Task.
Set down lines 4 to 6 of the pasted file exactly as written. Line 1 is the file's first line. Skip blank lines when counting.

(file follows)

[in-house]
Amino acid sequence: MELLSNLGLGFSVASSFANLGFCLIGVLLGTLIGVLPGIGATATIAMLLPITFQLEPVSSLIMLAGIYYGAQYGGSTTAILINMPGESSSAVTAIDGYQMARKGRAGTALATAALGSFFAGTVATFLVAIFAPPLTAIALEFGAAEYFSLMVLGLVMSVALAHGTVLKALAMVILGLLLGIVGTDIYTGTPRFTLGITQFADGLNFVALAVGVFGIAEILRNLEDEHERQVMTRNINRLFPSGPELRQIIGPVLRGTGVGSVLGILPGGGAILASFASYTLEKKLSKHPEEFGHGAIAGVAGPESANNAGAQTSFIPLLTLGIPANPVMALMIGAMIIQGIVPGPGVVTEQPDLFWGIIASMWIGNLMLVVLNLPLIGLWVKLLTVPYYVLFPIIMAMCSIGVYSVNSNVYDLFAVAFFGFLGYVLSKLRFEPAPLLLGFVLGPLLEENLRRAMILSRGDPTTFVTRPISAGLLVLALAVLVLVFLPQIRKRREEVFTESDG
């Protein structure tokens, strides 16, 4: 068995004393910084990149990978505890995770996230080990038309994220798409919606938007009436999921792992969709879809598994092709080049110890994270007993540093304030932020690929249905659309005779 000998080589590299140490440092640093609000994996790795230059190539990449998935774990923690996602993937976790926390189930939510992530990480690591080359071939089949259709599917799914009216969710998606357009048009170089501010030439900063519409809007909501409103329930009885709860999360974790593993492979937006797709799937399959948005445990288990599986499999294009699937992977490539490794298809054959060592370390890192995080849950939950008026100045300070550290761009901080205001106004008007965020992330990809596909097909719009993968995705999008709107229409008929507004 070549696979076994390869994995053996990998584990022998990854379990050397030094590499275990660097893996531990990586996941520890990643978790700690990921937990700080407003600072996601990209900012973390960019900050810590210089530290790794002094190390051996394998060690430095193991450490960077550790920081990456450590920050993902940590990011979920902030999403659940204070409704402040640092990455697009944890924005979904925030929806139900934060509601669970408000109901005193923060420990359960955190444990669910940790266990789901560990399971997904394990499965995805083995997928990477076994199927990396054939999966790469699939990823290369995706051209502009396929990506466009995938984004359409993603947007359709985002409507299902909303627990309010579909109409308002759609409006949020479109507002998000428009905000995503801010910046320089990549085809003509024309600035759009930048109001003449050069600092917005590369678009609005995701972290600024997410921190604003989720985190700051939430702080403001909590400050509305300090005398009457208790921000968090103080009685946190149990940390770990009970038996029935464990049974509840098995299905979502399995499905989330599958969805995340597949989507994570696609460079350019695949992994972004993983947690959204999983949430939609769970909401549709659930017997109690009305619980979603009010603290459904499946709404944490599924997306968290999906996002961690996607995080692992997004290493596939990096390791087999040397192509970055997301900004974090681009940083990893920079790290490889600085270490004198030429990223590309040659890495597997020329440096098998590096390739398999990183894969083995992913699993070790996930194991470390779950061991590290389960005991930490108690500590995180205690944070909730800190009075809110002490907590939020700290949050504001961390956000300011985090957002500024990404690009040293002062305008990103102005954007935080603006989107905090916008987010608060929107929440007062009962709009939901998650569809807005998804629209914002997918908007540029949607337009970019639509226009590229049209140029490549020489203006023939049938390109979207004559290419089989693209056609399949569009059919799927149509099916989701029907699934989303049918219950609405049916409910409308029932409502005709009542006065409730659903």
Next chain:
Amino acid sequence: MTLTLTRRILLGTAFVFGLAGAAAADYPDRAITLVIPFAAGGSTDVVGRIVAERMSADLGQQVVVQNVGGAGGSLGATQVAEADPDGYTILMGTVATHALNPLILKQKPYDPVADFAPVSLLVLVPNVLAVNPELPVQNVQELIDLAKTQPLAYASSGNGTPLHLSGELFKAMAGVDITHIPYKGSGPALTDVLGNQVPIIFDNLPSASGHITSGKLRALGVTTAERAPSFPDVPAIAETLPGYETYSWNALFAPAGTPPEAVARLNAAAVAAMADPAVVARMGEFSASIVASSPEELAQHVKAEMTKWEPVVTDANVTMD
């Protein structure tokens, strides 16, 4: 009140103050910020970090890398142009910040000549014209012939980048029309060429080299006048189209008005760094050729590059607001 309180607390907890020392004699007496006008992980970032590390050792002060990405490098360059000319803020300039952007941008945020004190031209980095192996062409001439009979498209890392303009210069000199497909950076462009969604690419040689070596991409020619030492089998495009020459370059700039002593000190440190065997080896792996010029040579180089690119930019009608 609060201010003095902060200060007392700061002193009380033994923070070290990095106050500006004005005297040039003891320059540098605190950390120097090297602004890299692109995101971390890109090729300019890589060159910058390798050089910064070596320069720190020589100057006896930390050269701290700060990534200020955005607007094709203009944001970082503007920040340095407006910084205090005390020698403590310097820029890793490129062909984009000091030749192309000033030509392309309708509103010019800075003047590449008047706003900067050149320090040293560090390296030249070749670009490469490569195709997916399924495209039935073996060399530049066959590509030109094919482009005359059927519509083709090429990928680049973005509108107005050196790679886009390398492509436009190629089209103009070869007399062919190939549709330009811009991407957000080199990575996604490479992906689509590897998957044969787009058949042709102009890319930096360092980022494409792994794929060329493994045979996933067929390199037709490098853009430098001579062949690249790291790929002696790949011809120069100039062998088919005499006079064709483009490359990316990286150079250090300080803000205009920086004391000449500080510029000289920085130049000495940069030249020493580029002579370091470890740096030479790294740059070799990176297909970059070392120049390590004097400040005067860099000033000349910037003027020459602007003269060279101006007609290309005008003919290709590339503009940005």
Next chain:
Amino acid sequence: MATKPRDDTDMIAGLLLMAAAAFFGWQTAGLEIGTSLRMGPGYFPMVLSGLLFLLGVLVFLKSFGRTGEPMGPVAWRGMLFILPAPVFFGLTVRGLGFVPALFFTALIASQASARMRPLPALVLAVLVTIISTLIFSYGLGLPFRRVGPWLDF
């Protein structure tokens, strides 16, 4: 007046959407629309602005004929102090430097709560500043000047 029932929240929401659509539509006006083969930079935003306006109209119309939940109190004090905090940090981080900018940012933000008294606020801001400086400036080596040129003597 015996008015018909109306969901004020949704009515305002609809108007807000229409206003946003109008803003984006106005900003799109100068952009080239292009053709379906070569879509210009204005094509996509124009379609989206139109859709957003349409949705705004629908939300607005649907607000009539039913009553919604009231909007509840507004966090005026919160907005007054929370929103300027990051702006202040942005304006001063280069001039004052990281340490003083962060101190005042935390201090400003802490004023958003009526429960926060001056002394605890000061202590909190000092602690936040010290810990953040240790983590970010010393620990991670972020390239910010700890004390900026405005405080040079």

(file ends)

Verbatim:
Next chain:
Amino acid sequence: MTLTLTRRILLGTAFVFGLAGAAAADYPDRAITLVIPFAAGGSTDVVGRIVAERMSADLGQQVVVQNVGGAGGSLGATQVAEADPDGYTILMGTVATHALNPLILKQKPYDPVADFAPVSLLVLVPNVLAVNPELPVQNVQELIDLAKTQPLAYASSGNGTPLHLSGELFKAMAGVDITHIPYKGSGPALTDVLGNQVPIIFDNLPSASGHITSGKLRALGVTTAERAPSFPDVPAIAETLPGYETYSWNALFAPAGTPPEAVARLNAAAVAAMADPAVVARMGEFSASIVASSPEELAQHVKAEMTKWEPVVTDANVTMD
């Protein structure tokens, strides 16, 4: 009140103050910020970090890398142009910040000549014209012939980048029309060429080299006048189209008005760094050729590059607001 309180607390907890020392004699007496006008992980970032590390050792002060990405490098360059000319803020300039952007941008945020004190031209980095192996062409001439009979498209890392303009210069000199497909950076462009969604690419040689070596991409020619030492089998495009020459370059700039002593000190440190065997080896792996010029040579180089690119930019009608 609060201010003095902060200060007392700061002193009380033994923070070290990095106050500006004005005297040039003891320059540098605190950390120097090297602004890299692109995101971390890109090729300019890589060159910058390798050089910064070596320069720190020589100057006896930390050269701290700060990534200020955005607007094709203009944001970082503007920040340095407006910084205090005390020698403590310097820029890793490129062909984009000091030749192309000033030509392309309708509103010019800075003047590449008047706003900067050149320090040293560090390296030249070749670009490469490569195709997916399924495209039935073996060399530049066959590509030109094919482009005359059927519509083709090429990928680049973005509108107005050196790679886009390398492509436009190629089209103009070869007399062919190939549709330009811009991407957000080199990575996604490479992906689509590897998957044969787009058949042709102009890319930096360092980022494409792994794929060329493994045979996933067929390199037709490098853009430098001579062949690249790291790929002696790949011809120069100039062998088919005499006079064709483009490359990316990286150079250090300080803000205009920086004391000449500080510029000289920085130049000495940069030249020493580029002579370091470890740096030479790294740059070799990176297909970059070392120049390590004097400040005067860099000033000349910037003027020459602007003269060279101006007609290309005008003919290709590339503009940005």